For a while we’re going to look past the effects of Typhoon Sherman that blew through CenturyLink Field in the second half of the Seahawks 26-24 win over Atlanta.
While it was the most notable display of the day, Sherman’s sideline hissy fit was only a conditioned response. The stimulus was the real problem: Blown coverages. Missed assignments. And a stunning and unexpected loss of focus.
It seems like these Seahawks are too mature to be this immature.
They’re too veteran to hit such sloppy patches. They’re too experienced in championship-quality competition to come unglued when they’ve got their cleats on the throats of a contending opponent.
It all allowed the Falcons to score 21 points in less than 12 minutes and erase what had been the most glittering example of three-phase domination against a quality opponent that we’ve seen all season.
The diversion sadly pulled attention away from a couple spectacular performances by Seahawks defenders. Before he left with a knee injury in the third period, defensive end Michael Bennett was having one of his best games, with a tackle for loss and five quarterback hits.
Bennett was unblockable, pressuring Matt Ryan, stopping rushes up the middle, and then pursuing all the way to the sidelines for tackles. It was All-Pro-level stuff. Like Cortez Kennedy in his prime.
With a brilliance on the same order, safety Earl Thomas had the speed and ordnance he played with when he was at his very best.
It was Thomas who pulled in a deflected pass that set up the Hawks for the go-ahead field goal.
But seeing the Seahawks defense giving up three unanswered touchdowns in one quarter was a foreign experience, even if the Falcons were the No. 1-rated offense in the NFL.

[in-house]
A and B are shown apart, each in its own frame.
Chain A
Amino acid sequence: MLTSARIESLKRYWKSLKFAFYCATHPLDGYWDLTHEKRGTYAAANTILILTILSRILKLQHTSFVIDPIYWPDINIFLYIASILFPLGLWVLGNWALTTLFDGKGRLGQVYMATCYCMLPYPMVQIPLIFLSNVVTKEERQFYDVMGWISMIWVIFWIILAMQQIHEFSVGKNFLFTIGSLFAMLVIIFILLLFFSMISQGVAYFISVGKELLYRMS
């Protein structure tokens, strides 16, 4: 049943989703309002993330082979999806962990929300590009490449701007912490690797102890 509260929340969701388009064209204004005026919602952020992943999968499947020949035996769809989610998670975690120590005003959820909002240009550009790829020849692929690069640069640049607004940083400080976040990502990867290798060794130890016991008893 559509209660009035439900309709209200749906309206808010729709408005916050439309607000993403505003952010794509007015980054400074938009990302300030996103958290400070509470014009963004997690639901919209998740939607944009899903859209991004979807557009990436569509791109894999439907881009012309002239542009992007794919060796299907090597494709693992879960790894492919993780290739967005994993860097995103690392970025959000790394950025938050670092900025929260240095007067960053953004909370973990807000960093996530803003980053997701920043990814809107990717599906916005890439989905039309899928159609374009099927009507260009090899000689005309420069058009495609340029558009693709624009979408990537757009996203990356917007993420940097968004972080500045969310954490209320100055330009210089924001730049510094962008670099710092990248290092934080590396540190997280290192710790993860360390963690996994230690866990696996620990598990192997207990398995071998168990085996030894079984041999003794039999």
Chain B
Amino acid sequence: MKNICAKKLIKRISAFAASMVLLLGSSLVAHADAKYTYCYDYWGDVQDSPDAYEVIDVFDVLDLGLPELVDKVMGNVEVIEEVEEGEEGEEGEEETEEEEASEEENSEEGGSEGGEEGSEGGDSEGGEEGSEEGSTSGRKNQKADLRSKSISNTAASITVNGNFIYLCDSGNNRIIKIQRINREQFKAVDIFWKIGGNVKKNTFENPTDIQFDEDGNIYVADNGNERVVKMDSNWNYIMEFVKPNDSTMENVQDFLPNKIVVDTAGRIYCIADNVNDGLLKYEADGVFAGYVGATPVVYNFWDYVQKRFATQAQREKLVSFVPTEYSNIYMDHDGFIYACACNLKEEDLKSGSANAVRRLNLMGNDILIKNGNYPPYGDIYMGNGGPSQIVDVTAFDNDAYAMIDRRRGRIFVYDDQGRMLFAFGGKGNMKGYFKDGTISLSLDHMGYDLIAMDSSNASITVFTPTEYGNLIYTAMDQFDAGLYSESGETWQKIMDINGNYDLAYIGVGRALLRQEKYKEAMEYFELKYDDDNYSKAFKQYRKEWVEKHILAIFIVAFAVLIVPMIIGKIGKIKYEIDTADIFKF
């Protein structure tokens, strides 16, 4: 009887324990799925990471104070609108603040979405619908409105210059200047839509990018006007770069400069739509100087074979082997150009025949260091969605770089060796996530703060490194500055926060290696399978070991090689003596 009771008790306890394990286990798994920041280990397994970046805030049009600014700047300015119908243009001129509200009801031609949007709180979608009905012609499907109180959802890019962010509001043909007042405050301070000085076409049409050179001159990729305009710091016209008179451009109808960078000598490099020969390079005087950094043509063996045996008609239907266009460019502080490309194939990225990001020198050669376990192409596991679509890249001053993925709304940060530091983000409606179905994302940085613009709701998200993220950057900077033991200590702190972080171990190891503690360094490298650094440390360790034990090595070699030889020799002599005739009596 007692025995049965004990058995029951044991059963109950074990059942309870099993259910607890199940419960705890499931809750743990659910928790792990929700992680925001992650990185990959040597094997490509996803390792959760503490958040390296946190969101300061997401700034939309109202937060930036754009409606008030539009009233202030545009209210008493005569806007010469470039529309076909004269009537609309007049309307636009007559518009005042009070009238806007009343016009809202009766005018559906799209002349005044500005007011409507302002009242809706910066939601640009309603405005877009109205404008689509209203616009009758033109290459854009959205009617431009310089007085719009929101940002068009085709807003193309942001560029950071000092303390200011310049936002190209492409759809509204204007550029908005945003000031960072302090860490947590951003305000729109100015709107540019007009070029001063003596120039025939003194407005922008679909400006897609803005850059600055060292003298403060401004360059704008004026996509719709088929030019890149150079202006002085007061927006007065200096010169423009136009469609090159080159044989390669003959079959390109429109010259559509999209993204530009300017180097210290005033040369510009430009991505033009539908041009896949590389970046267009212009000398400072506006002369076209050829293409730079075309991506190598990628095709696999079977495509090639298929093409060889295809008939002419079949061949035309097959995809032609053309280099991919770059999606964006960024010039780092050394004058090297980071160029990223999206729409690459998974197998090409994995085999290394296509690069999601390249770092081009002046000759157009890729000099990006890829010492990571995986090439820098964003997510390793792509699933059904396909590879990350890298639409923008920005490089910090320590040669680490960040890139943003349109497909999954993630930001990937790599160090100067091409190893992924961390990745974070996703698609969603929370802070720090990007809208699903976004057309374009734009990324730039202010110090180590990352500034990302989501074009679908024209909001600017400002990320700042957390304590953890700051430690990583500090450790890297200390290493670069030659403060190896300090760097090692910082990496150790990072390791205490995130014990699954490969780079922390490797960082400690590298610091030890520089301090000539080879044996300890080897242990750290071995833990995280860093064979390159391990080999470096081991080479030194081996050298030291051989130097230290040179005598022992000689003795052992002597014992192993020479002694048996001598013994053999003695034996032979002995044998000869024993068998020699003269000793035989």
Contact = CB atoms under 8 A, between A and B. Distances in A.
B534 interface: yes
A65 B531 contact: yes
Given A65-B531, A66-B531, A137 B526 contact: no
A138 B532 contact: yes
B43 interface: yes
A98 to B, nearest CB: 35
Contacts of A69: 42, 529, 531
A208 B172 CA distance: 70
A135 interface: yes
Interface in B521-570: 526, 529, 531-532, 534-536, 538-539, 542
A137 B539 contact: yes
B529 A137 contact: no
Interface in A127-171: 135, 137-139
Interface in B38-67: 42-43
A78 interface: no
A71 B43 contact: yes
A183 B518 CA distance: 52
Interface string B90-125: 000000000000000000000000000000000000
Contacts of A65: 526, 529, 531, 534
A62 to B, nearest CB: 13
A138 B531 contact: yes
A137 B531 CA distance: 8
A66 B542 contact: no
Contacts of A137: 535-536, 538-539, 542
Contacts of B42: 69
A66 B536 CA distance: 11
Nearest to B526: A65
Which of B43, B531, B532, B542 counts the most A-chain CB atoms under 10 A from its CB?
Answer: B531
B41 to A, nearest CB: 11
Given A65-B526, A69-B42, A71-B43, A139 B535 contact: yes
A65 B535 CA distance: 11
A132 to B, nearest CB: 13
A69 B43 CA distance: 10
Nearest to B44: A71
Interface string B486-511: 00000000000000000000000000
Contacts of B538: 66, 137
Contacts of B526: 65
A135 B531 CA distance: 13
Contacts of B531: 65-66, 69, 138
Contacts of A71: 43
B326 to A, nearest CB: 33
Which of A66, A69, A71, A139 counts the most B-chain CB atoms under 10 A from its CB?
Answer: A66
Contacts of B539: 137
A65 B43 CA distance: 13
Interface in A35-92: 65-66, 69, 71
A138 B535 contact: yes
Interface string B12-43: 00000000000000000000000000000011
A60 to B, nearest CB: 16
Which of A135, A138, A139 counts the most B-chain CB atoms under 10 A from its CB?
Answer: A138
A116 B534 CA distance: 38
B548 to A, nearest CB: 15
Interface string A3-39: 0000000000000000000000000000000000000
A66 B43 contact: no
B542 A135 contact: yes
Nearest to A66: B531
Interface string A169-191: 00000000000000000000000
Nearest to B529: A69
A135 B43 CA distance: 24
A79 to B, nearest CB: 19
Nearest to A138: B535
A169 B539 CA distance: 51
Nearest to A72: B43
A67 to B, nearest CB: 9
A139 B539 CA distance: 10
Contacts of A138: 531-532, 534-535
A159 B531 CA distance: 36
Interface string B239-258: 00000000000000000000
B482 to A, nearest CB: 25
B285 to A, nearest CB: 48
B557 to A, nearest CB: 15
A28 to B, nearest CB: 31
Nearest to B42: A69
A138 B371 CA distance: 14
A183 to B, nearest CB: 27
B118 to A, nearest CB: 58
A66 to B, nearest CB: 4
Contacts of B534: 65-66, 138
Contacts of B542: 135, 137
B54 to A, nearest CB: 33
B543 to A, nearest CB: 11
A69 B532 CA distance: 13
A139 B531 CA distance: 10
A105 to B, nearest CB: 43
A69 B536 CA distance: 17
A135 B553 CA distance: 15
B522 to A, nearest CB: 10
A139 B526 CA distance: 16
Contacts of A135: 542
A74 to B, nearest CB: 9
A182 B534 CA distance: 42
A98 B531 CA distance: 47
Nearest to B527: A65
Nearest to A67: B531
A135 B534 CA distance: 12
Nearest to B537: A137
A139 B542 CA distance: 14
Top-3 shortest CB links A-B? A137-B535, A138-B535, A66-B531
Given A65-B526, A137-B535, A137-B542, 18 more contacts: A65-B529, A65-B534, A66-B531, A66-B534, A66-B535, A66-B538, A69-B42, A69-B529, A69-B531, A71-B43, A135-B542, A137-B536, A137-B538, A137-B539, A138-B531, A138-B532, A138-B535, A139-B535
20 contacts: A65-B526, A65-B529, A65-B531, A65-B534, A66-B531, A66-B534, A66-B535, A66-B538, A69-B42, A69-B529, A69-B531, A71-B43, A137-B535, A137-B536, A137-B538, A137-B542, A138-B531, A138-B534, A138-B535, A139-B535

And the blown coverages have been too common for a secondary like this — even with the alibi of having strong safety Kam Chancellor on the shelf with a sore groin.
In that third-quarter span, the Seahawks offense generated just two first downs.
Receiver Doug Baldwin calmly and laudably parsed out the culpability. “We can’t put ourselves into situations where we let teams get back into the game,” Baldwin said. “We need to do more than three and outs, and not put any points on the board; it’s a collective effort.”
But for most of the third period, the sideline was roiling with disharmony. The secondary had been getting torched and Sherman was emotionally aflame.
At one point, his helmet was slammed off the turf near the bench.
The Seahawks have risen to contention by being fueled with a competitive passion that is rare in professional sports. Take that away, and it’s a different team.
For the past couple seasons, at least, Sherman has viewed every opponent point as a personal insult. It seems a quaint memory when he used to ask the other team’s players if they were “mad, bro?”
He explained after the game that he was incensed by miscommunication in the secondary that allowed the Falcons to score.
Sherman and most of the rest of the Seahawks defenders are holding themselves up to the goal of being the best defense in the history of the game.
But where is the threshold? It has to be at that point when it becomes such a distraction.
Sherman loves to use a quote that he says he got from defensive coordinator Kris Richard, which gives the admonition to treat both triumph and disaster as imposters. That’s the way, he said, he can keep a level head.
It’s from the Rudyard Kipling poem “If,” and it starts out “If you can keep your head when all about you are losing theirs …”
Clearly, the point of the verse was lost on Sherman on Sunday afternoon, when he might have decked Kipling if he had sought to intercede.
The fact is, hysteria aside, this was a crucial win over a Falcons team that had been 4-1, and it almost got frittered away.
But enough of the Seahawks got themselves refocused and rallied to a win that leaves Seattle at 4-1 with the possibility of all good things still ahead of them.
There are teams in the NFL that can’t generate the kind of passion the Seahawks bring to every game, and they’re poorer for it.
But coach Pete Carroll has the challenge of reining in fractious colts; he doesn’t want to break their spirit, but they’re no good when out of control.
“When we get that hot, we have to control it, better so we don’t get in the way of what’s coming up,” Carroll said. “We’ll figure it out.”